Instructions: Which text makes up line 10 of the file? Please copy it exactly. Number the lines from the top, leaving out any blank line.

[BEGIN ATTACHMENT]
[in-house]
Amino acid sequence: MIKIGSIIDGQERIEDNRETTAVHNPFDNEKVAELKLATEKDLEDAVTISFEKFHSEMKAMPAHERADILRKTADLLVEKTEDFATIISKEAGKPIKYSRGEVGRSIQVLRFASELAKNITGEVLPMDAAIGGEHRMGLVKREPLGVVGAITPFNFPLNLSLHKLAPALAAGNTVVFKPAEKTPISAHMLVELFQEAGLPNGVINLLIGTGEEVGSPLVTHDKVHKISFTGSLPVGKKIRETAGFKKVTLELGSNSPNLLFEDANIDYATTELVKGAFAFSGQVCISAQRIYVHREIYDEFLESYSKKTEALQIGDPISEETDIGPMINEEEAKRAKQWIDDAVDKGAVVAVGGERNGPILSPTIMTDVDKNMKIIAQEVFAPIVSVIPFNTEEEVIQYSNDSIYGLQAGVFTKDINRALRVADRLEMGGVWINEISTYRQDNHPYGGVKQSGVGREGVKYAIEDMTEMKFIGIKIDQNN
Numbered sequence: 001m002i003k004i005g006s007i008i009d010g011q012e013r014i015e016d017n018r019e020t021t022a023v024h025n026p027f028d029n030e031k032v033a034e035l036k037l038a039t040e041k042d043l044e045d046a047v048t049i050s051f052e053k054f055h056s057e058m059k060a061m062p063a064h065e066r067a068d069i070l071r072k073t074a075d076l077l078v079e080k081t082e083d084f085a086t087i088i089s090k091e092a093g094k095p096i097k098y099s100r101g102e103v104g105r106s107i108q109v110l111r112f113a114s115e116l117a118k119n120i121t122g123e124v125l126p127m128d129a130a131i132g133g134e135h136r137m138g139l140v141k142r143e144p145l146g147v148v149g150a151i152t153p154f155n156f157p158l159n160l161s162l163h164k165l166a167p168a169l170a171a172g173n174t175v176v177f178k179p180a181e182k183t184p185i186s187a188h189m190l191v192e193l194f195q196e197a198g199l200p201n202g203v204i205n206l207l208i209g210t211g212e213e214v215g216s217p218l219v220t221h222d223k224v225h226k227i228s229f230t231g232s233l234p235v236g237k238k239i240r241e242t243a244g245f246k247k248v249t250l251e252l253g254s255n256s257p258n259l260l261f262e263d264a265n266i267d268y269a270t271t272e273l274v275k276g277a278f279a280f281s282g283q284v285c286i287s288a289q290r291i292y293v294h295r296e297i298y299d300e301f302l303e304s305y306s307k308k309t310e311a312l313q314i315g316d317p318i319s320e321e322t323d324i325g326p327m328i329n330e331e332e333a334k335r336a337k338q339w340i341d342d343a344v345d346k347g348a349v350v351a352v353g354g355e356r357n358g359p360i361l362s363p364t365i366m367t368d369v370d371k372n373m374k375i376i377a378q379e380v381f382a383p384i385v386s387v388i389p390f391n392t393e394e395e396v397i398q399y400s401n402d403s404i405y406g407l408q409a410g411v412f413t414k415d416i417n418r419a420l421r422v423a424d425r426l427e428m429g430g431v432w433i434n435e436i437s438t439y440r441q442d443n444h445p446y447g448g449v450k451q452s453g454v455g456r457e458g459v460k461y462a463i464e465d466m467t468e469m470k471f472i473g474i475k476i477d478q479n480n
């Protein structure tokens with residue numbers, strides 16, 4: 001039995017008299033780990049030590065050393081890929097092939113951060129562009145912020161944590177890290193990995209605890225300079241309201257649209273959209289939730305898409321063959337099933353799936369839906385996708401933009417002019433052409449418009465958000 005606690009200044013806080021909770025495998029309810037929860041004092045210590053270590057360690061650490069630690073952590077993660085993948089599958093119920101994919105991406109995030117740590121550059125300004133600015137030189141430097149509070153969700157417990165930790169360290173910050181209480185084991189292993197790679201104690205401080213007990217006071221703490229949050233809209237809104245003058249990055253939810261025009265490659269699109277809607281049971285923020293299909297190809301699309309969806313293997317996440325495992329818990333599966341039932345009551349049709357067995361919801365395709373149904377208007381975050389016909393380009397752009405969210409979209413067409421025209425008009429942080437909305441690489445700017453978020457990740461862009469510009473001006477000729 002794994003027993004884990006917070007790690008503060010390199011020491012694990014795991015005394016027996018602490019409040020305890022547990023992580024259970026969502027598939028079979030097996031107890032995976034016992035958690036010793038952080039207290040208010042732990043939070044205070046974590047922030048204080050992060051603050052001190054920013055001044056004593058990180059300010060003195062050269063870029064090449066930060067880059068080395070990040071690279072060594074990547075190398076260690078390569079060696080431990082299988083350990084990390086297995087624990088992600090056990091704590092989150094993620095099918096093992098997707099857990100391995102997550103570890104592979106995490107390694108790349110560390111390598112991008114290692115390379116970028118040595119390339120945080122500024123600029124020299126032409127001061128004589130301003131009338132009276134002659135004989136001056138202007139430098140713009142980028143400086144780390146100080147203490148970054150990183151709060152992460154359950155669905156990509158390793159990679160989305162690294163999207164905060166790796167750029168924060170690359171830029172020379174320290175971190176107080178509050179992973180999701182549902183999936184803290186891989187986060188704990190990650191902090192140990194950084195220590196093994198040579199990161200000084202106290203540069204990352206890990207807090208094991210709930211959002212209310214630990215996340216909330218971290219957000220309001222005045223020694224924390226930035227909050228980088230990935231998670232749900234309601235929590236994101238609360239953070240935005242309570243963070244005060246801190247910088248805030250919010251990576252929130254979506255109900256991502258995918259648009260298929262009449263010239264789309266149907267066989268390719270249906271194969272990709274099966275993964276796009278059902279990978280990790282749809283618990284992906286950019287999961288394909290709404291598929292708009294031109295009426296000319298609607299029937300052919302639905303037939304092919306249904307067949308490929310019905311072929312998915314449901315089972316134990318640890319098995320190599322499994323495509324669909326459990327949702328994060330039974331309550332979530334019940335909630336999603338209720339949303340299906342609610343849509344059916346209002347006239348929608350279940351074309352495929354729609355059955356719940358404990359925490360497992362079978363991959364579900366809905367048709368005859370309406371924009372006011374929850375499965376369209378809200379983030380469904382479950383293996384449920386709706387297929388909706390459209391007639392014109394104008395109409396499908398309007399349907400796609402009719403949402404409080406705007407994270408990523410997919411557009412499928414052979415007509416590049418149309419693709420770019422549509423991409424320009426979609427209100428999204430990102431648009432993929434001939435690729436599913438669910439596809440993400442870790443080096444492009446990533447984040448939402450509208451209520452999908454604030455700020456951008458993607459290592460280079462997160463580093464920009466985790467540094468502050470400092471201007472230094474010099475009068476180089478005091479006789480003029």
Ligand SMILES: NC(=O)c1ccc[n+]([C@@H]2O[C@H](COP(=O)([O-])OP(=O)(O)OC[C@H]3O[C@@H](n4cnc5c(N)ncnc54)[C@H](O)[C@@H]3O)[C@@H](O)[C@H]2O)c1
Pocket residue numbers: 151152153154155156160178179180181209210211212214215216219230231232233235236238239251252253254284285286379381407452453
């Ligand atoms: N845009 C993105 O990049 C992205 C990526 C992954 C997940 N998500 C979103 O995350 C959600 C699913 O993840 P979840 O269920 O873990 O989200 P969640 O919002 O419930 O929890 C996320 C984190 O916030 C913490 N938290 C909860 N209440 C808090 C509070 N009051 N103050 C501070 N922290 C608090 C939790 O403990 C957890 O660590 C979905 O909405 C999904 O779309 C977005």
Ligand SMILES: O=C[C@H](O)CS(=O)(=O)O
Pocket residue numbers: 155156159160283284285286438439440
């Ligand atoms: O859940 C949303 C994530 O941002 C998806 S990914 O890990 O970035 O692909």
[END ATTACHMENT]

């Ligand atoms: O859940 C949303 C994530 O941002 C998806 S990914 O890990 O970035 O692909």